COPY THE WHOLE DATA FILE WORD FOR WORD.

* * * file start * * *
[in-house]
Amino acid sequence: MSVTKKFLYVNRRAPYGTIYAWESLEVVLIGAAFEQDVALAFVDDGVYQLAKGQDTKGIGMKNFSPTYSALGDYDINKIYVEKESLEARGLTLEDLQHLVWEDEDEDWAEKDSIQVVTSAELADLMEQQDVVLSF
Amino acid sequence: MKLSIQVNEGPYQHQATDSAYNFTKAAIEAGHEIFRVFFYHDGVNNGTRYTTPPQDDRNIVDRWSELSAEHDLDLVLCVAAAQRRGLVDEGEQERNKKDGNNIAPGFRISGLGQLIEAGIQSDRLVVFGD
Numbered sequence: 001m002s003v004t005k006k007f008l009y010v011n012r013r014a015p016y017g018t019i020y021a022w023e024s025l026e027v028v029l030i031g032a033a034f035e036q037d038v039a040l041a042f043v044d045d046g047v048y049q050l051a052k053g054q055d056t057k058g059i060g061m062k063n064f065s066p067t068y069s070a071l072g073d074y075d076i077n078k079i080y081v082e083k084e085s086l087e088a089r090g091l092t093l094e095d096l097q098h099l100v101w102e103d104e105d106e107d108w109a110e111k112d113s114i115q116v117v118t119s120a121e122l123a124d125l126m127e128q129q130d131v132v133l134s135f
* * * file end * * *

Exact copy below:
[in-house]
Amino acid sequence: MSVTKKFLYVNRRAPYGTIYAWESLEVVLIGAAFEQDVALAFVDDGVYQLAKGQDTKGIGMKNFSPTYSALGDYDINKIYVEKESLEARGLTLEDLQHLVWEDEDEDWAEKDSIQVVTSAELADLMEQQDVVLSF
Amino acid sequence: MKLSIQVNEGPYQHQATDSAYNFTKAAIEAGHEIFRVFFYHDGVNNGTRYTTPPQDDRNIVDRWSELSAEHDLDLVLCVAAAQRRGLVDEGEQERNKKDGNNIAPGFRISGLGQLIEAGIQSDRLVVFGD
Numbered sequence: 001m002s003v004t005k006k007f008l009y010v011n012r013r014a015p016y017g018t019i020y021a022w023e024s025l026e027v028v029l030i031g032a033a034f035e036q037d038v039a040l041a042f043v044d045d046g047v048y049q050l051a052k053g054q055d056t057k058g059i060g061m062k063n064f065s066p067t068y069s070a071l072g073d074y075d076i077n078k079i080y081v082e083k084e085s086l087e088a089r090g091l092t093l094e095d096l097q098h099l100v101w102e103d104e105d106e107d108w109a110e111k112d113s114i115q116v117v118t119s120a121e122l123a124d125l126m127e128q129q130d131v132v133l134s135f